IBM wants girls to think IT

IBM wants more women in the region to take an interest in careers in IT. The vendor is taking a "get them while they're young" approach by speaking to children in schools in the region.

  • E-Mail
By  Peter Branton Published  December 17, 2003

IBM wants more women in the region to take an interest in careers in IT. The vendor is taking a "get them while they're young" approach by speaking to children in schools in the region.

A two-woman team from IBM held a technology briefing at the International School of Choueifat, Dubai this month as part of an ongoing IBM programme to build technology awareness in regional schools. This is part of a global 'Women in Technology' campaign the vendor is running, aimed at helping young women "to understand and appreciate the opportunities of technology and to work with them to build a deeper understanding of how women can build careers in the information technology industry" as the company describes it.

The team, Dalia El Talawi, Thoraya El Ghawi, came to IBM Middle East through the 'Fresh Graduates Programme', a regional initiative that selected leading achievers in technology from regional universities and brought them into IBM as graduate employees.

"Often young women see technology as a 'guy thing': there's a perception that technology is a male dominated field, particularly in our region," said El Talawi. "The young women we're talking to are between 13 and 14 years old and today have an opportunity to start building their work with software and information technology as they start to formulate career choices.

The three hour workshop focused on areas of technology where women have excelled and where there are opportunities for women to build interesting and appropriate careers.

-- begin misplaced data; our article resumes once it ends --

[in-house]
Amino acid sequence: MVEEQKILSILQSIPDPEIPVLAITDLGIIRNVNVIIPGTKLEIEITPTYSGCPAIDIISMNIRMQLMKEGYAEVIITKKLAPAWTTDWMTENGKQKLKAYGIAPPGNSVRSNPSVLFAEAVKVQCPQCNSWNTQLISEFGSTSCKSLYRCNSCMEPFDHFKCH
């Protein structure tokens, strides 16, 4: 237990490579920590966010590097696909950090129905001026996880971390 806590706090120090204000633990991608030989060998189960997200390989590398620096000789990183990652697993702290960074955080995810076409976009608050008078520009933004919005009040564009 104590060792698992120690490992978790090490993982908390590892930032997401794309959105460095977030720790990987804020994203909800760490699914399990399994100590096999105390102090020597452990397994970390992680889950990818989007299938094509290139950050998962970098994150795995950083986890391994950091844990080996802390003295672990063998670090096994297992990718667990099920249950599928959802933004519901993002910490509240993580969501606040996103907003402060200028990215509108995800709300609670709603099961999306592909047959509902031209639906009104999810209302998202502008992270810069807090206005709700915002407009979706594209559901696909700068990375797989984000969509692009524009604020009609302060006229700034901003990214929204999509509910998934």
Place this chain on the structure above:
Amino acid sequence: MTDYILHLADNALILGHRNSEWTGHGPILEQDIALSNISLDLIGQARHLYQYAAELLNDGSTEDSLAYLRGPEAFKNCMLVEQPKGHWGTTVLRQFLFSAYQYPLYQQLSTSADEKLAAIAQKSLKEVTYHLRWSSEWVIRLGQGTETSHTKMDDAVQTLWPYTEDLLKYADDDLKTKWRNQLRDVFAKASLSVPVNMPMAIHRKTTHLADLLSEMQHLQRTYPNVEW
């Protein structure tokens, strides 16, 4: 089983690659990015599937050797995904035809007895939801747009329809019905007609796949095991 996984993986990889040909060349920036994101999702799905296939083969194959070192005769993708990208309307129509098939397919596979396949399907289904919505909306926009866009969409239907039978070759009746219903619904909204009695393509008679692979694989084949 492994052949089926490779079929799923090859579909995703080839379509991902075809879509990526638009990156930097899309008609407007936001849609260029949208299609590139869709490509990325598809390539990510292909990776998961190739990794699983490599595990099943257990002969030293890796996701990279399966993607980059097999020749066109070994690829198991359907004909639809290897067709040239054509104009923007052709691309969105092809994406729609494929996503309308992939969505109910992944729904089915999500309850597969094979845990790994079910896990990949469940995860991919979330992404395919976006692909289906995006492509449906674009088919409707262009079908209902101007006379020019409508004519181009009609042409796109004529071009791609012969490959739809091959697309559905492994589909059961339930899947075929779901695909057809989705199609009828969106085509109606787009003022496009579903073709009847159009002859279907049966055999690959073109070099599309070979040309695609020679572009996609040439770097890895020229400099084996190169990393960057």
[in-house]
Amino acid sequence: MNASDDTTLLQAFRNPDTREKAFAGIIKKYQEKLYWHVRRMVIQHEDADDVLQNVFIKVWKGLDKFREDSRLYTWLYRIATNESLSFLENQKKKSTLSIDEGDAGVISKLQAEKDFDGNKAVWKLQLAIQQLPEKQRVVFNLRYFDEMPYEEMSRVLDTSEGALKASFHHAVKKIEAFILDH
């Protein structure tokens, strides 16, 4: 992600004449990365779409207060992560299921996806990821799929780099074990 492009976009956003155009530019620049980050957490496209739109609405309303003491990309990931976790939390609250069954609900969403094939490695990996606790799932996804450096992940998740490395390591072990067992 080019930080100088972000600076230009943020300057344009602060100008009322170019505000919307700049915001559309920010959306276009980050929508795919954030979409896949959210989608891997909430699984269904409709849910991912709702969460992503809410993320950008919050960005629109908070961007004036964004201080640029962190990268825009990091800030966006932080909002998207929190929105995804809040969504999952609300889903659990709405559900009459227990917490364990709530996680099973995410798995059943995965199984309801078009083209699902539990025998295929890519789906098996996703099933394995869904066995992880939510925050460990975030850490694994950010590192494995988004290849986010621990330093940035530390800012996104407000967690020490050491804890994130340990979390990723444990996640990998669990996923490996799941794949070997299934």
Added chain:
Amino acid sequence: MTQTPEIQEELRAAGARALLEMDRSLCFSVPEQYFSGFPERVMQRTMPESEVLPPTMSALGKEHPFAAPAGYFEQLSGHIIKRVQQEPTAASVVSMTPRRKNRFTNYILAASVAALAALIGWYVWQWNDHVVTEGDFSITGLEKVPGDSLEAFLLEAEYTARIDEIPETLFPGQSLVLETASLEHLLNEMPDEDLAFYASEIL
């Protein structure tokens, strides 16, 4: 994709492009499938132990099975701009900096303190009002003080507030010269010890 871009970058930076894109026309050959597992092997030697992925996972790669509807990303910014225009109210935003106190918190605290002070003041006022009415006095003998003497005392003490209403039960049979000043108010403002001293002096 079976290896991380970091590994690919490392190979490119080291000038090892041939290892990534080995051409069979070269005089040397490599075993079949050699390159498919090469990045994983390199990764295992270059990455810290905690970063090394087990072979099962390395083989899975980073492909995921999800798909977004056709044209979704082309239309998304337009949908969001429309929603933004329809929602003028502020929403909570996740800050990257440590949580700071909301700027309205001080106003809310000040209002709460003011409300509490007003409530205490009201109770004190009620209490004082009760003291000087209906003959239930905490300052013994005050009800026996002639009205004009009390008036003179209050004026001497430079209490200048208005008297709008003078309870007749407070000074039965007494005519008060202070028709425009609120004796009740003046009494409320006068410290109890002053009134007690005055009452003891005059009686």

"There are fields in computing that particularly attract female recruits, and we want to share information and knowledge regarding those so that other young women can start to appreciate how they can work with technology," said El Ghawi. "We both arrived at technology as a career choice very much by accident: there was nobody there to show us the possibilities and potential that technology offers women. We both hope that, with this ongoing programme, we can extend that help to more and more women in schools in our region."

A major part of the session was working interactively with the students to build a series of websites, showing the girls how simple it can be to use today's software tools to work with technology and achieve real results.

"We are very keen to extend this programme to other schools and work with more and more students moving forward," said El Talawi. "We'd be delighted to hear from other schools that would be interested in hosting similar sessions."

Add a Comment

Your display name This field is mandatory

Your e-mail address This field is mandatory (Your e-mail address won't be published)

Security code